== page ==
JCB’s Compact Products plant boasts five assembly lines that are used to build excavators ranging from 0.8 tonnes to 10 tonnes. However, despite the diversity of models produced at the facility, the British manufacturer has implemented a number of checks to ensure consistency.
“Although our machines vary greatly in size, we have a simple, modular build that is clear and repetitive,” explained Dowling.
“That’s employed on all of our assembly lines; it gives us consistency.
“We’ve also introduced kitted projects, which have helped to uncomplicate our assembly process. Essentially, parts are delivered sequentially to the assembly line, ensuring that operators can only build what is put in front of them; they cannot become confused. In addition, we use a barcode system that automatically orders materials for us as and when we need them,” he added.
JCB has employed a low-level storage strategy so that line feeders can clearly see when more parts are required. This arrangement also optimises operators’ lines of sight, offering a spacious and safe working environment, according to Dowling.
“Last, but by no means least, all of our operators are empowered to use our ‘stop, call, wait’ system,” he told PMV.
“We actively encourage our staff members to challenge us as leaders; to come up with ideas that improve health and safety, quality, and processes. This helps to keep us customer focused, and ensures that end users receive machines of the highest-possible quality,” Dowling concluded.
Although all part of the JCB Group, the British manufacturer’s product divisions operate as semi-autonomous entities. However, in order to ensure that quality and safety are upheld across the line-up, the checks and balances that were demonstrated during the tour of the Compact Products facility can be found in JCB plants the world over.
As quality group leader at JCB Compact Products, it is Mick Keaveny’s job to ensure that these measures are maintained at the Staffordshire plant. During the final portion of the tour, he talked us through operations at the facility’s ultraviolet light and dark station.
“This area is used to check the robustness of our hydraulic circuitry,” he explained.
“The intense light stations that you can see around you are as close to midday sun as we can get. This aids the quality inspector when he’s walking around, carrying out his visual checks,” said Keaveny.
With the curtains closed and the lights turned off, the station is transformed into an ultraviolet zone that can be used to identify leaks in hydraulics systems.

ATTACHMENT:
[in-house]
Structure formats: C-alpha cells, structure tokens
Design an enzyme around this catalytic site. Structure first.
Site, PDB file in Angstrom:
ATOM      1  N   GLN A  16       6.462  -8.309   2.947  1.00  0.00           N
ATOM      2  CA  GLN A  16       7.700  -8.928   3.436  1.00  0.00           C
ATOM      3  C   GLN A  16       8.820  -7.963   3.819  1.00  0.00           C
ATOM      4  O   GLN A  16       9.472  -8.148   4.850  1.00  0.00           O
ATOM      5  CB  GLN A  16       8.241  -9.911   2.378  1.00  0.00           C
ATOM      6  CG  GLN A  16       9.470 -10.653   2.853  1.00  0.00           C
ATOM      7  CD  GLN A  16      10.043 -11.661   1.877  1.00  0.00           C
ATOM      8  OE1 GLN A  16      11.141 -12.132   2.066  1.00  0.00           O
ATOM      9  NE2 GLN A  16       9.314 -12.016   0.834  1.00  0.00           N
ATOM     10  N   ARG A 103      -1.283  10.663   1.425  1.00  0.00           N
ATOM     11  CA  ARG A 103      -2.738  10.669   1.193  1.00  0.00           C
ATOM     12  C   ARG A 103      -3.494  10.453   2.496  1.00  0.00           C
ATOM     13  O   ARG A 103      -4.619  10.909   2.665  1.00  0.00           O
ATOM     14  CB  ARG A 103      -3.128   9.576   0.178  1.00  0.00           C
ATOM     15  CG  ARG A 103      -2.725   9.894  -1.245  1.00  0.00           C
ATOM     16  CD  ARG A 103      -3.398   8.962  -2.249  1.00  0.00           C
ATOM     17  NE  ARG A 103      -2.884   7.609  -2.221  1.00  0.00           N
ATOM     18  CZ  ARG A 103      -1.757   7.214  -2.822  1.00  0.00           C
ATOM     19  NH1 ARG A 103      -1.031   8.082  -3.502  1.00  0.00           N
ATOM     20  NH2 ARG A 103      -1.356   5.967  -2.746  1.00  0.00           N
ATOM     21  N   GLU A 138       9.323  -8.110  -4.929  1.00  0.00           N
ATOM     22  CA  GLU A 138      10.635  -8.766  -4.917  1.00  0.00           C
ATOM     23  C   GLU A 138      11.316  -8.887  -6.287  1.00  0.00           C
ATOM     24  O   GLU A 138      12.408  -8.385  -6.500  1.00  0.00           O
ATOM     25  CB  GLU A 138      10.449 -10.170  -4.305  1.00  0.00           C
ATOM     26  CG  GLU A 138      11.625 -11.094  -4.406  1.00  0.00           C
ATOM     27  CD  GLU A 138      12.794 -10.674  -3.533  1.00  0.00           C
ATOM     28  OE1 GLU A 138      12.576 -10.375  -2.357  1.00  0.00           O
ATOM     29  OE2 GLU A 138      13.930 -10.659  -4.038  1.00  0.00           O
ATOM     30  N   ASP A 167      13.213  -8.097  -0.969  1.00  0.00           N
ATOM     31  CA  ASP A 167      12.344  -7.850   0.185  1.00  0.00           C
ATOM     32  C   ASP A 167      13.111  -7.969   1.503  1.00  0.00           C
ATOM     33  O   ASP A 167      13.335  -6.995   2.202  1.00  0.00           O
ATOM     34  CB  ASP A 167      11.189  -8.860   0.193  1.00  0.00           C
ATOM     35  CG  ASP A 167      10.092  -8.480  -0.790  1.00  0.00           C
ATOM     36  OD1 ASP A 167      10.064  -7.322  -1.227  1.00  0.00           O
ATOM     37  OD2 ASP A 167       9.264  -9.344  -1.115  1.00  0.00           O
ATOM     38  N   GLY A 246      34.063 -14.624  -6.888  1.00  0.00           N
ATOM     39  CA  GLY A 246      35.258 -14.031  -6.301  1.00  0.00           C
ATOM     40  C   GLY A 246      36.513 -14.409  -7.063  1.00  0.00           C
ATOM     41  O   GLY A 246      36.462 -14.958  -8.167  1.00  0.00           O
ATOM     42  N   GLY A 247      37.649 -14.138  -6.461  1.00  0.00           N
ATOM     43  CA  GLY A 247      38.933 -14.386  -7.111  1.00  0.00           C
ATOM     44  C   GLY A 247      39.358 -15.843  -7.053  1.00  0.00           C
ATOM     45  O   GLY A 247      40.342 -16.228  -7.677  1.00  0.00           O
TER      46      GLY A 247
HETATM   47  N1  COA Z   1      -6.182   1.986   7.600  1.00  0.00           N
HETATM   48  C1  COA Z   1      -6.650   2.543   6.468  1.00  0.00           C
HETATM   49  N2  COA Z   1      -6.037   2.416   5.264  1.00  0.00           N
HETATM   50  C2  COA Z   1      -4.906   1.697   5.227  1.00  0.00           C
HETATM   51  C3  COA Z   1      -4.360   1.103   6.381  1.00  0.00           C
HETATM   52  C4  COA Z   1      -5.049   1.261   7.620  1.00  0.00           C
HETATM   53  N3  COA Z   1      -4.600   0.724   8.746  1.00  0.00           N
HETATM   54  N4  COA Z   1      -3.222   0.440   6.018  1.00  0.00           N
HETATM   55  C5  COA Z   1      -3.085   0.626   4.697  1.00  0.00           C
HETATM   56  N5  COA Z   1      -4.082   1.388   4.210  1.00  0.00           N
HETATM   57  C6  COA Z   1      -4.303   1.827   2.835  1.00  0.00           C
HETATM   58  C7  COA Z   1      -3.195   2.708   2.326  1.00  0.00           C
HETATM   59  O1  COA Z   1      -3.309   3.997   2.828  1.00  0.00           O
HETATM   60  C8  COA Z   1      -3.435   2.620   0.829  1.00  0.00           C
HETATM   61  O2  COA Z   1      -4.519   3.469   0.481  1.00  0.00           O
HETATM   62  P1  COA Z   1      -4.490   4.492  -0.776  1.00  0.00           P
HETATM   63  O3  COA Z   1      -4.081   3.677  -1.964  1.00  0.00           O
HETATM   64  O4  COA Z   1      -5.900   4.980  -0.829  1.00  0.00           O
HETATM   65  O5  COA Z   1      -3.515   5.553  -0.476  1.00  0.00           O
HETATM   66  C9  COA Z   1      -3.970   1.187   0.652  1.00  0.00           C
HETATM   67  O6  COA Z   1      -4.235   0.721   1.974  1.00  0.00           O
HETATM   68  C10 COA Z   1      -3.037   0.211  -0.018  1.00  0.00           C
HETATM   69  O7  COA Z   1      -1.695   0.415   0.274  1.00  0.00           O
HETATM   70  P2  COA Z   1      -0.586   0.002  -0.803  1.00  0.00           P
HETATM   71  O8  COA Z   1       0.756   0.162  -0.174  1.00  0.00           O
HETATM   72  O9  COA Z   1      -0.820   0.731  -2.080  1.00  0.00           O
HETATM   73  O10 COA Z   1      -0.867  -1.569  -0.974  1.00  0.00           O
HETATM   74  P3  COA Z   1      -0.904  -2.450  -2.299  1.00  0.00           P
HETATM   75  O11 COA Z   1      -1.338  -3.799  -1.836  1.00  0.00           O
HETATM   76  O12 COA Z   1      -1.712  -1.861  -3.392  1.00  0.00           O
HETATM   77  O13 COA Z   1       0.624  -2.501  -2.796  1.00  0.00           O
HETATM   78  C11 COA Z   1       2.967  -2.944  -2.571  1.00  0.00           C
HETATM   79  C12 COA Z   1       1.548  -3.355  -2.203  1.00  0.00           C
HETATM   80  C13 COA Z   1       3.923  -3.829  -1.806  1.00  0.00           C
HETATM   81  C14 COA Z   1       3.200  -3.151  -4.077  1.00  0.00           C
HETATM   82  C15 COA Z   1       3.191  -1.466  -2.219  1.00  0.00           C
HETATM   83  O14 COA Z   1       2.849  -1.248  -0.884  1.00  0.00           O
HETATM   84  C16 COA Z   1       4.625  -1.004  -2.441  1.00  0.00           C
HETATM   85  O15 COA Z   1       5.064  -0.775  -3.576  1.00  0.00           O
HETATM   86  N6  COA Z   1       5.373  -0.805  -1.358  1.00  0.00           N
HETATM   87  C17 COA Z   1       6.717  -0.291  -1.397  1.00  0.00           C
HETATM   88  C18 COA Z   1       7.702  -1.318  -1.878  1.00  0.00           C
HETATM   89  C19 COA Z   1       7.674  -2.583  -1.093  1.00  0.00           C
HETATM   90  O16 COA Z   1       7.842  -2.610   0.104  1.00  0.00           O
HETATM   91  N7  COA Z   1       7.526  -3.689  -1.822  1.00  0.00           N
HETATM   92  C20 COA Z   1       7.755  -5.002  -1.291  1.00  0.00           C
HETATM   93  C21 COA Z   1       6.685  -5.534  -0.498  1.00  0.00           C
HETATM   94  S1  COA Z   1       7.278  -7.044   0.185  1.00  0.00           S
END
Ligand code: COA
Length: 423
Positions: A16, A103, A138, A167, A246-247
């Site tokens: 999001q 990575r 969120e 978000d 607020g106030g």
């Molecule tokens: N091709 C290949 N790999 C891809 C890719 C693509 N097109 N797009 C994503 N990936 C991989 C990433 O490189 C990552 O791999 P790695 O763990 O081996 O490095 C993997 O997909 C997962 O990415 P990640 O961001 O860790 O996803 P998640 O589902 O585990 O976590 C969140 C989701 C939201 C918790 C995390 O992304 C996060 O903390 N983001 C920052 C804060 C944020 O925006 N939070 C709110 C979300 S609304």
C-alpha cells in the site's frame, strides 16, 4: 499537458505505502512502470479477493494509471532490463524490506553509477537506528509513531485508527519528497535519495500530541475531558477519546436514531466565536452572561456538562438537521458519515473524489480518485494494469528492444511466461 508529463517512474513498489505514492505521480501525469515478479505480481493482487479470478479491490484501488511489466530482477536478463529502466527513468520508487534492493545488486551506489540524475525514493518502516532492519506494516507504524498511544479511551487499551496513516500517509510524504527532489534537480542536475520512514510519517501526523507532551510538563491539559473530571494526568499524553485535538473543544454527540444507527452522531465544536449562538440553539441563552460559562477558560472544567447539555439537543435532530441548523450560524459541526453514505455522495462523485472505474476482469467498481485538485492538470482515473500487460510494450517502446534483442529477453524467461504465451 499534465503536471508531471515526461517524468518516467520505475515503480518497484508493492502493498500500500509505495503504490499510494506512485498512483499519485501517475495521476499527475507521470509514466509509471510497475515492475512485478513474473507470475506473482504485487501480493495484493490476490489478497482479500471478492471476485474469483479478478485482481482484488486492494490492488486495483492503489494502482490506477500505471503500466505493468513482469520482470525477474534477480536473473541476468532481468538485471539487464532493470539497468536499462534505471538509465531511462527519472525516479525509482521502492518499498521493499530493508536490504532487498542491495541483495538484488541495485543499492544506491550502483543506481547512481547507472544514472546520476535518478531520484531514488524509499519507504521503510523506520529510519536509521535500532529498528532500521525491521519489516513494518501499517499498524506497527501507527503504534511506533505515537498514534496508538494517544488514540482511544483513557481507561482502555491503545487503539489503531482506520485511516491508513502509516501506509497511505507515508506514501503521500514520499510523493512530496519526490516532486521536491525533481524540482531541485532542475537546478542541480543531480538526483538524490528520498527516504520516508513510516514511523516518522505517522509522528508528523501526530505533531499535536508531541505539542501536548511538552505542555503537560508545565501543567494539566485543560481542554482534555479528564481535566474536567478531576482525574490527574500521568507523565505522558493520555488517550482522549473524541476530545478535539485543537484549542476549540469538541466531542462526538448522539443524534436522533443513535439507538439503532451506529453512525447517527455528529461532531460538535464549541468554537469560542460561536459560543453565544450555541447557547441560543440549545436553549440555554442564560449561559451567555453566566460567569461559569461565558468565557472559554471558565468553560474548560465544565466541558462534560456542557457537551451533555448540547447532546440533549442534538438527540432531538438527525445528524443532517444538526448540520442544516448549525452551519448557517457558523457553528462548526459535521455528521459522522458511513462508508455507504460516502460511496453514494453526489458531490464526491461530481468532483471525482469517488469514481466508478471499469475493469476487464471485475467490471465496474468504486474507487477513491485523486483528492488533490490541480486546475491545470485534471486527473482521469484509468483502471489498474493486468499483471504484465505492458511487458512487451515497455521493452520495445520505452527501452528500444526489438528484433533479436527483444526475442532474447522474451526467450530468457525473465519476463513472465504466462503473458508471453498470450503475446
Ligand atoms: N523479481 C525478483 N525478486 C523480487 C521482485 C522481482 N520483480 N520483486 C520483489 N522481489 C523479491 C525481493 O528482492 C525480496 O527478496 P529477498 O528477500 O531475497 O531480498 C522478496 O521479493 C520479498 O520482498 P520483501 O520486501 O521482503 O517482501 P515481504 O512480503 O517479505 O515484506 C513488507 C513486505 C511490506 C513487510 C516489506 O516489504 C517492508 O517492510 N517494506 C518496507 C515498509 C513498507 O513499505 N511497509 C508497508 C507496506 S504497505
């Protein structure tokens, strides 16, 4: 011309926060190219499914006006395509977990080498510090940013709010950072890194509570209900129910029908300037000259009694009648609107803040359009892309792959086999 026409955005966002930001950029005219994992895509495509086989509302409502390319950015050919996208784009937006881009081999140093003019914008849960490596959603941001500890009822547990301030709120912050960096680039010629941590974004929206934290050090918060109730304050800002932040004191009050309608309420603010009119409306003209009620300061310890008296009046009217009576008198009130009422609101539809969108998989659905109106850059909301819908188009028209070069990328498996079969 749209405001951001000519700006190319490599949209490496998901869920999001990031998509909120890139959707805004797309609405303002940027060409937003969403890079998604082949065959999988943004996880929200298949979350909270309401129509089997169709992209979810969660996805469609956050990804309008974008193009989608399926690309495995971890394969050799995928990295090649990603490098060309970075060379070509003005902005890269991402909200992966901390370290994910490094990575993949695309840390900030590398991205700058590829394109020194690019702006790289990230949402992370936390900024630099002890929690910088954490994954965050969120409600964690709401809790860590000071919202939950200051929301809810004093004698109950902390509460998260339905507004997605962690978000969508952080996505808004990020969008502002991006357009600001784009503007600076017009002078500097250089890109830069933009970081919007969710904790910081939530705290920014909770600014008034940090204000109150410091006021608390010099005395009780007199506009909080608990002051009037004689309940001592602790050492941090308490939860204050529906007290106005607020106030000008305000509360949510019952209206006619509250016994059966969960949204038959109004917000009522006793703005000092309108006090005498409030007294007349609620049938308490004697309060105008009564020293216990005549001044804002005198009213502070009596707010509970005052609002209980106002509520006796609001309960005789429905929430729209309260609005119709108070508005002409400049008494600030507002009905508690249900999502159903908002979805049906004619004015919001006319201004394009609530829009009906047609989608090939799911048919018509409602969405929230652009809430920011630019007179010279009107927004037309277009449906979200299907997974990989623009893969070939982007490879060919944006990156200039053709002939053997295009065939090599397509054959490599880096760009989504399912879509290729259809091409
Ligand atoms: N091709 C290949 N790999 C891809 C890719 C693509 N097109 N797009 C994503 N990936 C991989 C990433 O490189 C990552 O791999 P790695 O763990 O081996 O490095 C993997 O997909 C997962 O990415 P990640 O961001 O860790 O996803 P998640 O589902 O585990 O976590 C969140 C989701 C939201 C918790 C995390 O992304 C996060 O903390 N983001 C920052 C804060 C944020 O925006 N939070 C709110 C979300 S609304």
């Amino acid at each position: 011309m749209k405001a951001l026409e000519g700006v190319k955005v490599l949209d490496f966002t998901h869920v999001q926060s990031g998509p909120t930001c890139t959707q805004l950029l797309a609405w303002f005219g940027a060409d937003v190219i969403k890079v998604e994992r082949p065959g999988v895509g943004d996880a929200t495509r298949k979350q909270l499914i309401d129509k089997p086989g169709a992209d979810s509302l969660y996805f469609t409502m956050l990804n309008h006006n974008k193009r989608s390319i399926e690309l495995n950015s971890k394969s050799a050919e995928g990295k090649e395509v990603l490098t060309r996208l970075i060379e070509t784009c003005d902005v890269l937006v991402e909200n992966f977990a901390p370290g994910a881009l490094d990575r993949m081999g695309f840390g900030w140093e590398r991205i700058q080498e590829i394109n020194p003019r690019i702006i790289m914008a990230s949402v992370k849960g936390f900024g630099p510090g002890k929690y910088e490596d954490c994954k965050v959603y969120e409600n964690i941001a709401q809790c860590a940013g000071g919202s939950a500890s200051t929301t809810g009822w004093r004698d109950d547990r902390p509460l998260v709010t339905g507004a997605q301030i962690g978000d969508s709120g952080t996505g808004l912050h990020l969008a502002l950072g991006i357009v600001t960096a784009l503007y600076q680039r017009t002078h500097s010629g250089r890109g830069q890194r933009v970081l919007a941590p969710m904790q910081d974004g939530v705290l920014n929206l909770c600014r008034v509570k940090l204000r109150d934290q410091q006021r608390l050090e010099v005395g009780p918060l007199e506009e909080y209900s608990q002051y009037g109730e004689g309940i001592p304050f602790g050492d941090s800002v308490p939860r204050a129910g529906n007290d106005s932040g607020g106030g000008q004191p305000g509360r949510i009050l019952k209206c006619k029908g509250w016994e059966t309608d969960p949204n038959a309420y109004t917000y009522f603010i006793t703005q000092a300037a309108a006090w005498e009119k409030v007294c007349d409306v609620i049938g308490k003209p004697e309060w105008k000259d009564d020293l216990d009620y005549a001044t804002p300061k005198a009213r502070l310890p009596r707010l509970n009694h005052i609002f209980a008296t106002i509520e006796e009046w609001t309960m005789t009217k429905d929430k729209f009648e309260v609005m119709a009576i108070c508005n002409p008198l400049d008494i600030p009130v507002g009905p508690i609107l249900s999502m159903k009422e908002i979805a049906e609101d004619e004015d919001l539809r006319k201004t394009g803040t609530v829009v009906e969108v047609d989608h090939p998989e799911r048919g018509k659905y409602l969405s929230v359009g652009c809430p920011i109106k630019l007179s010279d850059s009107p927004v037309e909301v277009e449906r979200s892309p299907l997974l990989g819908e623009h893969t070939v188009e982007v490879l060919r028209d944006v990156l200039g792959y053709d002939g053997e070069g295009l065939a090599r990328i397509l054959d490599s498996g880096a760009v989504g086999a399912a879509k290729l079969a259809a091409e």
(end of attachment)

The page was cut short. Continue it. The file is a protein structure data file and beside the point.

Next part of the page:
“Prior to the machine being started up, we put a measured amount of ultraviolet dye into the hydraulic tank,” Keaveny told PMV.
“As the machine starts, the oil flows through the system. It mixes with ultraviolet dye to show as a different colour. Each inspector has an ultraviolet torch that he uses to check the machine; in particular, around its hydraulic circuit,” he added.
This strategy enables JCB’s quality inspectors to quickly and effectively identify leaks. If the dye, which shines brightly under the UV torch, is detected, it can only have come from one place – the unit’s hydraulic system.
“This process takes 90 minutes per machine, and every machine that we produce goes through exactly the same process,” said Keaveny.
“We have one person working in each quality control station, and every line has its own station. There are approximately 30 to 35 people currently working on the quality control team, inspecting these machines,” he added.
Obviously, the members of Keaveny’s team are not looking for hydraulic oil exclusively. Approximately 200 checks are carried out for each unit, and the inspector must use a handheld computer to manually confirm that they have been conducted in real time.
Once a machine has passed through the ultraviolet light and dark station, it will be taken outside to the hard-test area. Once here, each machine will be put through an intense, 90-minute-long workout, during which around 40 – primarily functional – checks are conducted.
The tour of JCB’s Compact Products factory left little room for doubt; the British manufacturer places quality and safety at the centre of its operations. Whilst obviously reassuring, to an outsider, the implementation of safeguarding measures at every stage of the production process – including the end – could be viewed overkill.
However, as Graeme Macdonald, JCB’s CEO explained, this watertight attitude to quality has played a key role in the success of the manufacturer’s compact excavator range.
“After a record year in 2007, when we sold over 8,000 units, we were facing a new challenge in 2010: how to take JCB Compact Products to the next level after the deepest recession in living memory,” he said.
“So we did what JCB always does in difficult times; we invested in the future of JCB Compact Products. We ploughed over $30mn into manufacturing technology and new product development.
“You can see for yourselves our investment in new technologies and lean processes. It is this commitment to efficiency and total quality that makes JCB Compact products a world-class manufacturing business,”